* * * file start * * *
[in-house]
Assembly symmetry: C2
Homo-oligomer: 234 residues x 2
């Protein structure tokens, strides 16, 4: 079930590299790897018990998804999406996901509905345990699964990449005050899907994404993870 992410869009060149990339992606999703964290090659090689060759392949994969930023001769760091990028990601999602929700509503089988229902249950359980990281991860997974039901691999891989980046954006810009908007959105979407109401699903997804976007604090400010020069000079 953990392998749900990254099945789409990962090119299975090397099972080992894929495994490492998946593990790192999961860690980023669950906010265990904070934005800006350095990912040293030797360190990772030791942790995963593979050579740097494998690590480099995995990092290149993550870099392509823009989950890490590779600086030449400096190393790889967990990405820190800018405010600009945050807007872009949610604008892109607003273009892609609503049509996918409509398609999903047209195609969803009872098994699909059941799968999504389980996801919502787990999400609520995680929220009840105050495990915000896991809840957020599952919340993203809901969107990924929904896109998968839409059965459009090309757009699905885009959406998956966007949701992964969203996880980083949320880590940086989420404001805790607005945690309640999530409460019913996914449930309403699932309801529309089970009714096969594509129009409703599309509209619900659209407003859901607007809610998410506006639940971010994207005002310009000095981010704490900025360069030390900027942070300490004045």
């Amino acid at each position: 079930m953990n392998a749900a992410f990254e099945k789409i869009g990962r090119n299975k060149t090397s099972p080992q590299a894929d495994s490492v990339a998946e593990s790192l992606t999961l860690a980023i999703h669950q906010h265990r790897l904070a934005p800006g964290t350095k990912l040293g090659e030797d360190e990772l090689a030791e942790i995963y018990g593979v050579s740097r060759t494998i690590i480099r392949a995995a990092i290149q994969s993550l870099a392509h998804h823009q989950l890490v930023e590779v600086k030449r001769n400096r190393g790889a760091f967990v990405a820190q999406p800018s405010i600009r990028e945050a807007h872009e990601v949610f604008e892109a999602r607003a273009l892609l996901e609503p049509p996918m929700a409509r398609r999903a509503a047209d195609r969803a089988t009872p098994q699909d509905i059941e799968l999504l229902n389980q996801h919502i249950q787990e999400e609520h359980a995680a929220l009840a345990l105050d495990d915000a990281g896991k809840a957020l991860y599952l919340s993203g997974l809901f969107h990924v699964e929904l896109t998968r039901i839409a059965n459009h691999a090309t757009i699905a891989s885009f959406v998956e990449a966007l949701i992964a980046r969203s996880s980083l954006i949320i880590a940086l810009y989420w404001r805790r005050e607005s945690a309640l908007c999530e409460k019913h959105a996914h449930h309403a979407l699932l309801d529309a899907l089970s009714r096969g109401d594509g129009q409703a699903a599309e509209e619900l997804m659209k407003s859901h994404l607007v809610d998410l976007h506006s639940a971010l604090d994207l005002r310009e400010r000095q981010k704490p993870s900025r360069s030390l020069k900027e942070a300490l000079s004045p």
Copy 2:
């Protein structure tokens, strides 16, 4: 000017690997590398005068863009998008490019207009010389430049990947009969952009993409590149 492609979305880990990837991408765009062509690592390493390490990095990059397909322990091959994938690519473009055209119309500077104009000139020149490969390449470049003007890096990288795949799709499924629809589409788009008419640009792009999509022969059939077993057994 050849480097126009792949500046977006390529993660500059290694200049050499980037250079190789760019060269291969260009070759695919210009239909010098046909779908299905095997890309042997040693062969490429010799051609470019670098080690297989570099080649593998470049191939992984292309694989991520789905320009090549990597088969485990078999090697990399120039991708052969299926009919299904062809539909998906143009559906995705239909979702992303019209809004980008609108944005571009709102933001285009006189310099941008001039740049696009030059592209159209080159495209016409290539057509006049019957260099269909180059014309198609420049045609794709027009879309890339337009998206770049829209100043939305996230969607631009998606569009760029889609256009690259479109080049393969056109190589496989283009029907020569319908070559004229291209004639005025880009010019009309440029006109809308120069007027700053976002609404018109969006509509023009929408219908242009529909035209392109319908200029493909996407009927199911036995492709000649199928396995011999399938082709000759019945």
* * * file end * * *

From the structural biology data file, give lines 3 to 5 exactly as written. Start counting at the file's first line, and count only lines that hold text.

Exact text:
Homo-oligomer: 234 residues x 2
């Protein structure tokens, strides 16, 4: 079930590299790897018990998804999406996901509905345990699964990449005050899907994404993870 992410869009060149990339992606999703964290090659090689060759392949994969930023001769760091990028990601999602929700509503089988229902249950359980990281991860997974039901691999891989980046954006810009908007959105979407109401699903997804976007604090400010020069000079 953990392998749900990254099945789409990962090119299975090397099972080992894929495994490492998946593990790192999961860690980023669950906010265990904070934005800006350095990912040293030797360190990772030791942790995963593979050579740097494998690590480099995995990092290149993550870099392509823009989950890490590779600086030449400096190393790889967990990405820190800018405010600009945050807007872009949610604008892109607003273009892609609503049509996918409509398609999903047209195609969803009872098994699909059941799968999504389980996801919502787990999400609520995680929220009840105050495990915000896991809840957020599952919340993203809901969107990924929904896109998968839409059965459009090309757009699905885009959406998956966007949701992964969203996880980083949320880590940086989420404001805790607005945690309640999530409460019913996914449930309403699932309801529309089970009714096969594509129009409703599309509209619900659209407003859901607007809610998410506006639940971010994207005002310009000095981010704490900025360069030390900027942070300490004045």
């Amino acid at each position: 079930m953990n392998a749900a992410f990254e099945k789409i869009g990962r090119n299975k060149t090397s099972p080992q590299a894929d495994s490492v990339a998946e593990s790192l992606t999961l860690a980023i999703h669950q906010h265990r790897l904070a934005p800006g964290t350095k990912l040293g090659e030797d360190e990772l090689a030791e942790i995963y018990g593979v050579s740097r060759t494998i690590i480099r392949a995995a990092i290149q994969s993550l870099a392509h998804h823009q989950l890490v930023e590779v600086k030449r001769n400096r190393g790889a760091f967990v990405a820190q999406p800018s405010i600009r990028e945050a807007h872009e990601v949610f604008e892109a999602r607003a273009l892609l996901e609503p049509p996918m929700a409509r398609r999903a509503a047209d195609r969803a089988t009872p098994q699909d509905i059941e799968l999504l229902n389980q996801h919502i249950q787990e999400e609520h359980a995680a929220l009840a345990l105050d495990d915000a990281g896991k809840a957020l991860y599952l919340s993203g997974l809901f969107h990924v699964e929904l896109t998968r039901i839409a059965n459009h691999a090309t757009i699905a891989s885009f959406v998956e990449a966007l949701i992964a980046r969203s996880s980083l954006i949320i880590a940086l810009y989420w404001r805790r005050e607005s945690a309640l908007c999530e409460k019913h959105a996914h449930h309403a979407l699932l309801d529309a899907l089970s009714r096969g109401d594509g129009q409703a699903a599309e509209e619900l997804m659209k407003s859901h994404l607007v809610d998410l976007h506006s639940a971010l604090d994207l005002r310009e400010r000095q981010k704490p993870s900025r360069s030390l020069k900027e942070a300490l000079s004045p």